Gingerbread, long held hostage by holiday-entertaining magazine spreads, is shedding its bulky sweater. That is, it’s perfect for warmer-weather baking.
When I’m working in my kitchen in July and August, I wash corn and throw it in the oven to cook in its husks. I smash ripe avocados into a puddle of olive oil and lemon zest. I use feta and bruised basil to sharpen sweet summer tomatoes. And I bake a large pan of gingerbread, with zero belief that one of these things is not like the other.
This is a one-bowl enterprise made out of mostly shelf-stable pantry standbys. It’s so simple that you can stumble inside and throw a pan of it together, spend 40 minutes in the backyard grilling and drinking pony-necked beers, only to be greeted by your perfumed house and a warm, springy cake.
I never understood—what is it about a heaping spoonful of ginger and a molasses-flecked cake that screams autumn leaves and snowflakes? When ginger pops up poolside in Moscow mules or spikes our lemonades, we don’t flinch. We praise its refreshing spiciness. During the summer months, we turn on our ovens for pies and crumbles, so it’s not a fear of an overheated house that keeps us away from summer gingerbread. We simply don’t know how to dress gingerbread in its summer wardrobe.
Gingerbread can make a cameo in nearly any seasonal dessert. Serve it with heaping scoops of ice cream and sliced cherries, or barely sweet whipped cream and strawberries. Bake tart pluots into the batter, coat them in butter and sugar and create an upside down cake. Freeze sliced gingerbread with ice cream spread in between, wrapped in wax paper, and tart up the outside with sprinkles or toasted coconut. Cube it and pour it with melted vanilla ice cream into popsicle molds for a portable, frosty cake à la mode.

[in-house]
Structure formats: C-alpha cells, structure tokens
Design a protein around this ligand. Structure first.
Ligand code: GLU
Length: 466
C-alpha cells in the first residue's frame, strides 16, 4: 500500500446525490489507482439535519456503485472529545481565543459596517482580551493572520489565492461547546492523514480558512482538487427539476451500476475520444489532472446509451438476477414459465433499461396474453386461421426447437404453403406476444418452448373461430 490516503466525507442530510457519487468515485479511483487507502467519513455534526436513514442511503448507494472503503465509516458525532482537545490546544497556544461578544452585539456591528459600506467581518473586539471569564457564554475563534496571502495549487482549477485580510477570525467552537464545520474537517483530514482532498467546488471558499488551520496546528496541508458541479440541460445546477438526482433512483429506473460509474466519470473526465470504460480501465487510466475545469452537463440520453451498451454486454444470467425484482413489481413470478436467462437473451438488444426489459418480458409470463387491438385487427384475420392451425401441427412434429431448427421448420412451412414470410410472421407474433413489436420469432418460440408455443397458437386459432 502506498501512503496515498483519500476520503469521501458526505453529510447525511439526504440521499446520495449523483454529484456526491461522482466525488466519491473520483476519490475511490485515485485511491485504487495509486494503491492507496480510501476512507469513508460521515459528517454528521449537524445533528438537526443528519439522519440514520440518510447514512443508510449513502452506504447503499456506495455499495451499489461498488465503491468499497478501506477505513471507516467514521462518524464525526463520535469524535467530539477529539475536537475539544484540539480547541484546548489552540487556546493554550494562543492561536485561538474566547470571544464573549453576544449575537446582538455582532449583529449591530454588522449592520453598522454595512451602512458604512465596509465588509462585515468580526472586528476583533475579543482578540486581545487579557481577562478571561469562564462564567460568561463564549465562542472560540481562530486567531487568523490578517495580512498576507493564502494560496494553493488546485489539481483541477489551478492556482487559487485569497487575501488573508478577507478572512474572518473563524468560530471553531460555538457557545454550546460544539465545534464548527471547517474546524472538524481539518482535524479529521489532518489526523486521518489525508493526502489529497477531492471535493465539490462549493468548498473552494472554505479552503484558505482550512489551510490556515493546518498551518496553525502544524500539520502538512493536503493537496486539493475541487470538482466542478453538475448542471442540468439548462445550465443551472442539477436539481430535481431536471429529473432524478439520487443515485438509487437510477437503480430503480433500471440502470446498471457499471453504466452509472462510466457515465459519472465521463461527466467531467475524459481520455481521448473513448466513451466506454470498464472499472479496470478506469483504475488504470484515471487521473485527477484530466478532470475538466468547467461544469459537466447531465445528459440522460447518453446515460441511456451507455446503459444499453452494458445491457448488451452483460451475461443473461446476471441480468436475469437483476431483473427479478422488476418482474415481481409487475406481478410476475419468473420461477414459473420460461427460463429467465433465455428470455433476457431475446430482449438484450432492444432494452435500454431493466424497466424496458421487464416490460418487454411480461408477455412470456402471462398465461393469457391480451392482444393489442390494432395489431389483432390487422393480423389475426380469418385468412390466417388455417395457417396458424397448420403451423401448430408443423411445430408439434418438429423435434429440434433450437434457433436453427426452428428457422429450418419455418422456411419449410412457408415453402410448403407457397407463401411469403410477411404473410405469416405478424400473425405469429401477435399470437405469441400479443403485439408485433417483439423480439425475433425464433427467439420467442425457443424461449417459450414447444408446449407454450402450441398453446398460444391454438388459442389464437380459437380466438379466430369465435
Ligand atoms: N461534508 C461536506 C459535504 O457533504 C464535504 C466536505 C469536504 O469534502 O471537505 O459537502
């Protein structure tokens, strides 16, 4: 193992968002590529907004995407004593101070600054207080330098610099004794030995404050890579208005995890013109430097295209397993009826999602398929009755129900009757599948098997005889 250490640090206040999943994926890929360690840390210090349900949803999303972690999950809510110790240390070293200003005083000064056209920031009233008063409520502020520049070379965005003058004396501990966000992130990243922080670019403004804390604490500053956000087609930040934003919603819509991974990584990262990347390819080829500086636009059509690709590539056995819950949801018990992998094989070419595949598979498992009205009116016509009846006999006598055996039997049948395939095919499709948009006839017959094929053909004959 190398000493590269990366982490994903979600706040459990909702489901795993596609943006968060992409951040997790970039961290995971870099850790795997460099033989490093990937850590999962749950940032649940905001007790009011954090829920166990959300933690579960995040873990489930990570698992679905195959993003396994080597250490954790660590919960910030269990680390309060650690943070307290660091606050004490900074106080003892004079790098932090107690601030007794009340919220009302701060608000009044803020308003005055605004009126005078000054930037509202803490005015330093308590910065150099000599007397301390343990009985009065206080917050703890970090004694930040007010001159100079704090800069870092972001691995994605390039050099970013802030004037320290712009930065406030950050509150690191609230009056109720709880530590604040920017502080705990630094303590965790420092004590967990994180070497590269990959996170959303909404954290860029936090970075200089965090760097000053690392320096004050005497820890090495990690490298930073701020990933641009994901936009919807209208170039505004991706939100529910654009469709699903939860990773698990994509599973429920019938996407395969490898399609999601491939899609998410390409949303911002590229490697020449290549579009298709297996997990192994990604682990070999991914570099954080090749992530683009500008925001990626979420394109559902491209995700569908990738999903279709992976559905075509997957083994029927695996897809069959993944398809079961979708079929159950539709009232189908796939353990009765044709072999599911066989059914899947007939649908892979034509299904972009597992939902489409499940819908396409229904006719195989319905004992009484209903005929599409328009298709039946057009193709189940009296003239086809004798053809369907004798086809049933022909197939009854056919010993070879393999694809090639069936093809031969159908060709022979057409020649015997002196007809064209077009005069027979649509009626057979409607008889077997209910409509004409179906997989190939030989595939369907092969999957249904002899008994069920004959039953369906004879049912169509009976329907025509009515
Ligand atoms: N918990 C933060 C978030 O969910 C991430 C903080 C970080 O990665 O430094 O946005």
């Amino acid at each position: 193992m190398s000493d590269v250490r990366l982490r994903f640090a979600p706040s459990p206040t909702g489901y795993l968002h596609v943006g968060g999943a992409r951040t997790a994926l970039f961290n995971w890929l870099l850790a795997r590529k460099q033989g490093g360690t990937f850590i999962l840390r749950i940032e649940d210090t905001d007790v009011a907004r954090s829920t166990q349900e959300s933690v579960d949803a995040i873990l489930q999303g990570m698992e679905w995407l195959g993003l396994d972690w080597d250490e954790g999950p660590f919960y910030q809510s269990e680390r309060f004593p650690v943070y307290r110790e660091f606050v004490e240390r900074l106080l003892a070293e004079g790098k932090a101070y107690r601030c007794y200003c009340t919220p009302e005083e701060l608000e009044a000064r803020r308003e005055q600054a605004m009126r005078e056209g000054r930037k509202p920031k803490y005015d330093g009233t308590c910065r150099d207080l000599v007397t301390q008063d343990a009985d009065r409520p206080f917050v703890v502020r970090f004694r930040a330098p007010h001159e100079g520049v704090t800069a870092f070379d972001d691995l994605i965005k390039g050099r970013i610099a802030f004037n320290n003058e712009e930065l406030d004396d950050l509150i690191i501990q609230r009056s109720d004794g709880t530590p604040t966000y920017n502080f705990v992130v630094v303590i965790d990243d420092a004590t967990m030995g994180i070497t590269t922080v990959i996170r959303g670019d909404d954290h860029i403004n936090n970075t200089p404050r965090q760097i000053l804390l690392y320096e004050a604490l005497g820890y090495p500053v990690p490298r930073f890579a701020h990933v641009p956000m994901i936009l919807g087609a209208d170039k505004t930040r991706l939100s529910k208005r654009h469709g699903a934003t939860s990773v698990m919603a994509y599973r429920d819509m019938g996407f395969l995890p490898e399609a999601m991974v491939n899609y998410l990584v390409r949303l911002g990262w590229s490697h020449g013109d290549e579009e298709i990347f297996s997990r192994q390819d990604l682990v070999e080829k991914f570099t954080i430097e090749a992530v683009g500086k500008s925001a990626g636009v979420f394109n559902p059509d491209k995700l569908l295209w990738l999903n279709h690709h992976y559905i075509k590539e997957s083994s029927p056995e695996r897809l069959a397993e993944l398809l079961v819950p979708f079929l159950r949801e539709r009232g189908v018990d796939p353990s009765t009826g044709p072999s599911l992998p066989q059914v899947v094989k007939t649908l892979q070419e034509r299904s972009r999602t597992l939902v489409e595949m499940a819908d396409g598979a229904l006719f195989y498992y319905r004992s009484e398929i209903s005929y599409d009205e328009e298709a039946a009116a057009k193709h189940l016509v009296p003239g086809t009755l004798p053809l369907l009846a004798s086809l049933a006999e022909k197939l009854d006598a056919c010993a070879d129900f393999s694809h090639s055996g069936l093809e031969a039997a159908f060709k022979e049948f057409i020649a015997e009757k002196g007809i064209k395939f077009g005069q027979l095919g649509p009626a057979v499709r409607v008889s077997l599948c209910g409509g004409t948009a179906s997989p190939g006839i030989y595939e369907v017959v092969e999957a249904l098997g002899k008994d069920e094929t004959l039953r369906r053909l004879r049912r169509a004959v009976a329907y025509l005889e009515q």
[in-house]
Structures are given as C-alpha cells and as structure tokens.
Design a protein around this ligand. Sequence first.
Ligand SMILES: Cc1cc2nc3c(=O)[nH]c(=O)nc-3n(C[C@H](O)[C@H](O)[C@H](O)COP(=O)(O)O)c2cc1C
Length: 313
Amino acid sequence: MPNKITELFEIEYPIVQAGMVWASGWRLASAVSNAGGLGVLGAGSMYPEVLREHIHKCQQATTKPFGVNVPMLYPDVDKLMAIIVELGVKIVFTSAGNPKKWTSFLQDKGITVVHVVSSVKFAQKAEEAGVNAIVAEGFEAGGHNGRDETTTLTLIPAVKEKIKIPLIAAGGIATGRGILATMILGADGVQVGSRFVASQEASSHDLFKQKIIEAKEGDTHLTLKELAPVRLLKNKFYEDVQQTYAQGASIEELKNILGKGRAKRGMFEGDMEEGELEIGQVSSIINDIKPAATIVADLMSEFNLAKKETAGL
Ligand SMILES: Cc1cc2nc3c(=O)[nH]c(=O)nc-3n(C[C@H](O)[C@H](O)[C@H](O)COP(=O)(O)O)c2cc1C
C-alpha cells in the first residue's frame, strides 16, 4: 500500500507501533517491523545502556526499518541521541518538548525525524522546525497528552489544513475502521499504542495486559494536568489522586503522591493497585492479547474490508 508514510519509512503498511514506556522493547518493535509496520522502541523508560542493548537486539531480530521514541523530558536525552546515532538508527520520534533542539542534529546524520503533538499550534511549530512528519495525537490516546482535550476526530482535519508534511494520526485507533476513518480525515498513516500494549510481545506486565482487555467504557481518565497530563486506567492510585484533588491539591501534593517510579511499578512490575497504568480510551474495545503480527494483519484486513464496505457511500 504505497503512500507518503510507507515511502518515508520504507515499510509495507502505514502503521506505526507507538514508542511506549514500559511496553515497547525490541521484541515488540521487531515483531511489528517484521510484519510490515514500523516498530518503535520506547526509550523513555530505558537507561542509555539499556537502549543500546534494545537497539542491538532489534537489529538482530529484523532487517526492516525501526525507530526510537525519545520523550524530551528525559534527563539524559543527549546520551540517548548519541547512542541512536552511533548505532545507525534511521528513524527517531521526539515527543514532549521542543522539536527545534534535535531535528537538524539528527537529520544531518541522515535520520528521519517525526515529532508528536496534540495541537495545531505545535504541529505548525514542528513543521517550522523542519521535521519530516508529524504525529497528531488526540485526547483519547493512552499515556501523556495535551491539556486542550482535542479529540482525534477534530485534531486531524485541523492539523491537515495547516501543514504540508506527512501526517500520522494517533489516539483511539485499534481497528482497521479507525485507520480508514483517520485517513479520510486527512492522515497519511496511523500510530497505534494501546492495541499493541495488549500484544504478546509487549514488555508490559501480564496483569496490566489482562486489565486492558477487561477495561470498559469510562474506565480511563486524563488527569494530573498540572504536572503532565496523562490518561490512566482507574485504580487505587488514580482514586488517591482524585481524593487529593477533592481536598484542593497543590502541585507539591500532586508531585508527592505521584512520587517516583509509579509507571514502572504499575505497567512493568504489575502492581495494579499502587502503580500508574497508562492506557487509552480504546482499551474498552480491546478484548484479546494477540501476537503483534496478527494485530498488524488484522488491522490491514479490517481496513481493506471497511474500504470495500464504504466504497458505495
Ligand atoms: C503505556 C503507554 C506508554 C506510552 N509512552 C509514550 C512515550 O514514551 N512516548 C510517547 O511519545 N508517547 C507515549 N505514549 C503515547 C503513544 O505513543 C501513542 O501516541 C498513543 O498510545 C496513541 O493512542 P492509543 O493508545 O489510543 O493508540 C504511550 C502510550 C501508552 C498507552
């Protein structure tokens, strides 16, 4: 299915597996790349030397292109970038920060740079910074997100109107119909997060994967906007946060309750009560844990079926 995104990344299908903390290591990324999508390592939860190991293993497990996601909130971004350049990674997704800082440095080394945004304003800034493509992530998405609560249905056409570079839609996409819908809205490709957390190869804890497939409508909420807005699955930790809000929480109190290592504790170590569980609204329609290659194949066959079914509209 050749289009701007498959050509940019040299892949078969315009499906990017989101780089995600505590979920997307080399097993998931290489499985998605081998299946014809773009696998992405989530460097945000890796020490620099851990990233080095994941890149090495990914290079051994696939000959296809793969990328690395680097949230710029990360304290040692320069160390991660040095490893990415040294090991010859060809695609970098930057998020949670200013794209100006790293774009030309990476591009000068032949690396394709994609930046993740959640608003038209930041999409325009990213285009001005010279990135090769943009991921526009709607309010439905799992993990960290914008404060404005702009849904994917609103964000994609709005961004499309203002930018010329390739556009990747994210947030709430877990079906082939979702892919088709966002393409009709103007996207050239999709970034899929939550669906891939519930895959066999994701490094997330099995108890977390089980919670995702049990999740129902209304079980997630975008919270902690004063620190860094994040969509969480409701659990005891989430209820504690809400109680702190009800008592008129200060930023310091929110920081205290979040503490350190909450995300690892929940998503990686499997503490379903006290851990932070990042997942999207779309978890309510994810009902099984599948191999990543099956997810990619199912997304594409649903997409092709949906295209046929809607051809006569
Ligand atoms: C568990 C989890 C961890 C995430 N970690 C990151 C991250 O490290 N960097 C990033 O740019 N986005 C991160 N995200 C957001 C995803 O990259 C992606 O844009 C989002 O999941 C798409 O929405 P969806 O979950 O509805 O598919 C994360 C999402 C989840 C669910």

Hadassah Patterson, owner of Triangle Gluten Free and fan of year-round gingerbread, swaps winter buttercream frosting for thick Greek yogurt and farm-fresh North Carolina blueberries. She creates layered parfaits with gingerbread, blueberries, yogurt, lemon zest, a drizzle of honey, and mint.
Most summer pies, cobblers, crisps, and shortcake recipes favor fruit. They call for buttery toppings, biscuits, and crusts that won’t compete with the explosive flavor of summer produce. But this underestimates the power of exceptional berries and stone fruit. It’s not mandatory to make these flavors stand alone. A ripe cherry becomes sublime with a coating of dark chocolate. A perfect blackberry can mingle with a deeply funky cheese. And in gingerbread, the big flavors of summer fruit meet their match and thrive.
Take it to a bonfire and make spiced s’mores by sandwiching chocolate and roasted marshmallows in between two solid hunks of gingerbread. Pile it high with ricotta and sliced peaches. Savor the blood-rush heat of ginger, barely tamed by a frosty scoop of frozen yogurt.
Summer breeds wildness. Childhood standbys return: Marshmallows are roasted; ice cream is sandwiched; popsicles are spiked. Farmers’ markets resemble psychedelic kaleidoscopes. We cook with fire and eat with our hands. Summer is the season to tend to our rebellious hearts.